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15 records – page 1 of 2.

95° condylar plate

https://mhc.andornot.com/en/permalink/artifact5010
Dates
1960
circa 1960
Collection
Dr. Charles Sorbie Collection
Category
Diagnostic & Treatment Artifacts
Classification
Orthopedic Surgery
Accession Number
001002036
Description
Ninety-five degree condylar plate, which consists of a single piece of flat, long rectangular bar with 12 round holes through the middle of the lower section; near the top, the bar bends slightly outwards, then at a curved 90° angle and straightens again; the top section of the bar has a straight l…
  2 images  
Accession Number
001002036
Collection
Dr. Charles Sorbie Collection
Category
Diagnostic & Treatment Artifacts
Classification
Orthopedic Surgery
MeSH Heading
Femoral Fractures
Fracture Fixation -- instrumentation
MM= Orthopedic Fixation Devices -- bone plate
Description
Ninety-five degree condylar plate, which consists of a single piece of flat, long rectangular bar with 12 round holes through the middle of the lower section; near the top, the bar bends slightly outwards, then at a curved 90° angle and straightens again; the top section of the bar has a straight lip at the side edges; the outer edge is flat and squared; the inner edge of the top section is flat; the inner edge of the lower section is slightly concave; the lowest hole on the lower section is open on one side with a bevelled groove in the metal; there is a round hole above the topmost hole that does not go thrugh the metal.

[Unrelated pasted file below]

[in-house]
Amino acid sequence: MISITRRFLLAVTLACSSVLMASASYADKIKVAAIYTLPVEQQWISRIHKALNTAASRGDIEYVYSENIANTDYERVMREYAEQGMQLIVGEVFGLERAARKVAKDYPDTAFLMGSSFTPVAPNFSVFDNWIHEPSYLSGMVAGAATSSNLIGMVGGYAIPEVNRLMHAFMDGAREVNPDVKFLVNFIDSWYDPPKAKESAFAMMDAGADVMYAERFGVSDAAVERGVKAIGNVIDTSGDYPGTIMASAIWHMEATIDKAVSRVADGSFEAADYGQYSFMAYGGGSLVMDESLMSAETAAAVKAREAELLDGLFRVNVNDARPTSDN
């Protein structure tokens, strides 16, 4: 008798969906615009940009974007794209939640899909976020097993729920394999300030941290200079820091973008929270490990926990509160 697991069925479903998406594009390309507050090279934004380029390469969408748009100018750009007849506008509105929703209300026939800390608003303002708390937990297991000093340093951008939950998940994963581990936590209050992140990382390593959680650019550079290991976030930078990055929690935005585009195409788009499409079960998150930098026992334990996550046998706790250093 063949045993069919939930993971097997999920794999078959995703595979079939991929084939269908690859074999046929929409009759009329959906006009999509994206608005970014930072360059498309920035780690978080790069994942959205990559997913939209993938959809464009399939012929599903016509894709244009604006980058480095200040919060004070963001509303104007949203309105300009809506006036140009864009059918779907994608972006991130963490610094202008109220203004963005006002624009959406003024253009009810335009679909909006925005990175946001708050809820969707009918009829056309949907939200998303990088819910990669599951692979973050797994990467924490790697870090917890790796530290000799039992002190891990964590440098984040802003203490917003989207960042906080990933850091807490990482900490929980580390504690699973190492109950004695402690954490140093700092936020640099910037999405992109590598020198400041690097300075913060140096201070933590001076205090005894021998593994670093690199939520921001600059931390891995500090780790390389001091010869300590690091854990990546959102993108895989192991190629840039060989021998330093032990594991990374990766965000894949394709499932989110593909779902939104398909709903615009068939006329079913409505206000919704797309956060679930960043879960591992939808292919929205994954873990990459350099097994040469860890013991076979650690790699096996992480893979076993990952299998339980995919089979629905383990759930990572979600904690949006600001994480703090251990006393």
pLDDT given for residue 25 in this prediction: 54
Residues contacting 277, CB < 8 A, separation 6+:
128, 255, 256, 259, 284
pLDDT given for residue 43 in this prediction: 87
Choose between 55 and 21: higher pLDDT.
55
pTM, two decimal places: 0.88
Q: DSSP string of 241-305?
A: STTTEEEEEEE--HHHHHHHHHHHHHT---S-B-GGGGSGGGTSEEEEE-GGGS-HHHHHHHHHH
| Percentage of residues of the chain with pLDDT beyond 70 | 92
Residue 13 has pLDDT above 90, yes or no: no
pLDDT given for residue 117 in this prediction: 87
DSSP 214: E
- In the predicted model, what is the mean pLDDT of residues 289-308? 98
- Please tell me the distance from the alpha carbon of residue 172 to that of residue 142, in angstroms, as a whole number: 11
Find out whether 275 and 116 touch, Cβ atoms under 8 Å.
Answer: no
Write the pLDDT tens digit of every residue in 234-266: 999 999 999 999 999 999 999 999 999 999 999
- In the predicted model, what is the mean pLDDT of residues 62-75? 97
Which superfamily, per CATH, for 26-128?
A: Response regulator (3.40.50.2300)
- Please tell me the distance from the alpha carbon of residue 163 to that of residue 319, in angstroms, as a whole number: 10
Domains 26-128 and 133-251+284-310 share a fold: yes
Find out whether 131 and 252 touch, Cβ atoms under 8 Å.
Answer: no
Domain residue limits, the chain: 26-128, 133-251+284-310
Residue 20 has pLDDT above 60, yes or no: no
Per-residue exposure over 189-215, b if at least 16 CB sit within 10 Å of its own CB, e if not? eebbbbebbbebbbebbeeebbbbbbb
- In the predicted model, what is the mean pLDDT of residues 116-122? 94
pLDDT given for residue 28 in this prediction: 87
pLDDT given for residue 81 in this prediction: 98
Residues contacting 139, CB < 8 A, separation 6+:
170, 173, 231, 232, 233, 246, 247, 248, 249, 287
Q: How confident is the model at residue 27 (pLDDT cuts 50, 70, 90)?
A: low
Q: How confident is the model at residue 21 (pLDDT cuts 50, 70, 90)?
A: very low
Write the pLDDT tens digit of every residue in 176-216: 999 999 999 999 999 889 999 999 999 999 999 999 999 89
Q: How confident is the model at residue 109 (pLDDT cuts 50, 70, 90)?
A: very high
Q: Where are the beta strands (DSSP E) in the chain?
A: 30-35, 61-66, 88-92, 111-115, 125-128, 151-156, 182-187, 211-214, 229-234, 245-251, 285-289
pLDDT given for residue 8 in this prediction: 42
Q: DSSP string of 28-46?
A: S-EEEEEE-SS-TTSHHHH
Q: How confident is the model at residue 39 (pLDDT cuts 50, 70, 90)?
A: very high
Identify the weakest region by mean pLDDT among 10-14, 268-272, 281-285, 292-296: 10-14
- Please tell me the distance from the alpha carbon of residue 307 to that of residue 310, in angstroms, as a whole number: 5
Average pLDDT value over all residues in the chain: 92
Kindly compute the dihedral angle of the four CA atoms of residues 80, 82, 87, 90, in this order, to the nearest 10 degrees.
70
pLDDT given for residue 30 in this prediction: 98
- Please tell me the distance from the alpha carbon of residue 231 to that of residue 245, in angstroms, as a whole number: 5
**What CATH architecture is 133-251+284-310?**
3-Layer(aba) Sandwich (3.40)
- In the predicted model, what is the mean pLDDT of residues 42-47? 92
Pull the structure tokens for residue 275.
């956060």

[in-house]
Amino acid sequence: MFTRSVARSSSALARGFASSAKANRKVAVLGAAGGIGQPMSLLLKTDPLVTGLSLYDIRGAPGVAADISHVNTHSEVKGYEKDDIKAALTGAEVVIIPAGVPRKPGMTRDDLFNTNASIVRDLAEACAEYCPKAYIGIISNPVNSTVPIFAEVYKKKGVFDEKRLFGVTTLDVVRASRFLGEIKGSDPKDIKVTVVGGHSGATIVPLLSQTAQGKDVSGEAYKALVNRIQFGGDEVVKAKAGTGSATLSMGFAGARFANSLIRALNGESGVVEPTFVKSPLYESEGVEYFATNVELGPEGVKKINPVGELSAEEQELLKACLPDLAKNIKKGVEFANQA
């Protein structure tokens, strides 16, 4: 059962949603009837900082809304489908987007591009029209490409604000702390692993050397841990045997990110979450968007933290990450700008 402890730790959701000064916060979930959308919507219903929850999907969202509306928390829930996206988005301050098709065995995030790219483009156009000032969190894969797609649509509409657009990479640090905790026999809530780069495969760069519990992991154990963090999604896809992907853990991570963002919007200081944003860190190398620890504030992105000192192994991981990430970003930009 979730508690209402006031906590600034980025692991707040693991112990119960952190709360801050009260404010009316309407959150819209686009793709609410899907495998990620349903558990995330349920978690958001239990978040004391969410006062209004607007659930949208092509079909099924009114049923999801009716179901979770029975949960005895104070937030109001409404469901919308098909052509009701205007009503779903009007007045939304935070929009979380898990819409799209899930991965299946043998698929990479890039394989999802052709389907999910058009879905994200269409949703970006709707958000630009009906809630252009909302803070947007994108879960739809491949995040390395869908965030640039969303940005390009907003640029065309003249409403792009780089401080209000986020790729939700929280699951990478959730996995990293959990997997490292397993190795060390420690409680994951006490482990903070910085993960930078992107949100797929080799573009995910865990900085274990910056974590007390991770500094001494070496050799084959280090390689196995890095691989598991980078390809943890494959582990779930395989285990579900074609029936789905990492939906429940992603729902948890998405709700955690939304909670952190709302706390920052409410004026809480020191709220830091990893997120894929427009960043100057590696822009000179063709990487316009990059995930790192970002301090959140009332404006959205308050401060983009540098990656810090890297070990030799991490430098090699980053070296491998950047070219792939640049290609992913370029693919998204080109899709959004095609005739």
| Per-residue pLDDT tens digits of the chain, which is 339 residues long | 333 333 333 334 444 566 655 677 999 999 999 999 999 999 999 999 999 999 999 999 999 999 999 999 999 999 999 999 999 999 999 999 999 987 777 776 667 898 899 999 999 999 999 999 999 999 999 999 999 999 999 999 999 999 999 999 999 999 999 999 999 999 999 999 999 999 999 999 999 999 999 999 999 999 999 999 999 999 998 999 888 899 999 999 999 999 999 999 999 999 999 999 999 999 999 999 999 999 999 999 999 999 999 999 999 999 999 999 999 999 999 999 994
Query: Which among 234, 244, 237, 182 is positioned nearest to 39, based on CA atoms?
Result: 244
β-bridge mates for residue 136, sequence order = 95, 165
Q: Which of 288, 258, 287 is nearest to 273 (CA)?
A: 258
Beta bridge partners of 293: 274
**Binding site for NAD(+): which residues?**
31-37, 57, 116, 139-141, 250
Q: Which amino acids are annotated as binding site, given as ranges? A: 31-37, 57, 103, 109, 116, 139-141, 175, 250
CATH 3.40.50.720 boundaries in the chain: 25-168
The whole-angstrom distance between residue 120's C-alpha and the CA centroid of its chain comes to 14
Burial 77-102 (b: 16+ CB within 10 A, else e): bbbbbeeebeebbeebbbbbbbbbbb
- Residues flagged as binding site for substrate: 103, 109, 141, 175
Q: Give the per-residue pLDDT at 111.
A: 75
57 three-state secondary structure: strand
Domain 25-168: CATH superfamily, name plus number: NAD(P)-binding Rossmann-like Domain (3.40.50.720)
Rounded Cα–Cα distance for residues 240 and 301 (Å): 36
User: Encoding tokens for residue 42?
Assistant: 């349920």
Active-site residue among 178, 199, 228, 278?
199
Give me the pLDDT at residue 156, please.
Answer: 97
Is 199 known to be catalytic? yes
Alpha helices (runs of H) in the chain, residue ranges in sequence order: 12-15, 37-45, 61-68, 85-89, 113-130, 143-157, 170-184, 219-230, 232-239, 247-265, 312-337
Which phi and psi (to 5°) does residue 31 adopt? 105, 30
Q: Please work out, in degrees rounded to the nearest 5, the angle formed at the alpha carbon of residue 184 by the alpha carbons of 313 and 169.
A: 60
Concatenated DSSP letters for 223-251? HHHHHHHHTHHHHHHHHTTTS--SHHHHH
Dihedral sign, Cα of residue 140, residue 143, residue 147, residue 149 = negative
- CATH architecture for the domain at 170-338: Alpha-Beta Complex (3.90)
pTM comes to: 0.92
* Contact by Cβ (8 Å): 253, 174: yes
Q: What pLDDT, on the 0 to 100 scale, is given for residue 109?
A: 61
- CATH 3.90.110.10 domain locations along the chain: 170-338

Number Of Parts
1
Provenance
Used at Kingston General Hospital by Dr. Charles Sorbie
Maker
Synthes
Dates
1960
circa 1960
Date Remarks
Used between 1960 and 1965
Material
metal: silver
Inscriptions
One side edge has, "231.24 369" etched into the metal; the outer edge of the lower section has the Synthes logo (see accession sheet for sketch) stamped into the metal.
Permanent Location
Storage Room 0010
0010-E2-7
Dimension Notes
Length 21.2 cm x Width 7.7 cm x Depth 1.5 cm
Condition Remarks
The metal shows some wear; no corrosion is visible.
Copy Type
Original
Reference Types
Book
Person
Reference Comments
Dr. Charles Sorbie; "Original Instruments and Implants of the Association for the Study of Internal Fixation," by Synthes, 1992, p. 2-52 (see attached photocopy)
Research Facts
These blade plates were used for changing the shape of the upper end of the femur or for treating fractures of the lower end of the femur.
Images
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130° angled blade plate

https://mhc.andornot.com/en/permalink/artifact5009
Dates
1960
circa 1960
Collection
Dr. Charles Sorbie Collection
Category
Diagnostic & Treatment Artifacts
Classification
Orthopedic Surgery
Accession Number
001002035
Description
Angled blade plate, which consists of a single piece of flat, long rectangular metal bar with six oval holes through the middle of the lower section; the bar bends at a curved 130° angle at the top and straightens again; the top section of the bar has a straight lip at the side edges; the outer edg…
  2 images  
Accession Number
001002035
Collection
Dr. Charles Sorbie Collection
Category
Diagnostic & Treatment Artifacts
Classification
Orthopedic Surgery
MeSH Heading
Femoral Fractures
Fracture Fixation -- instrumentation
MM= Orthopedic Fixation Devices -- bone plate
Description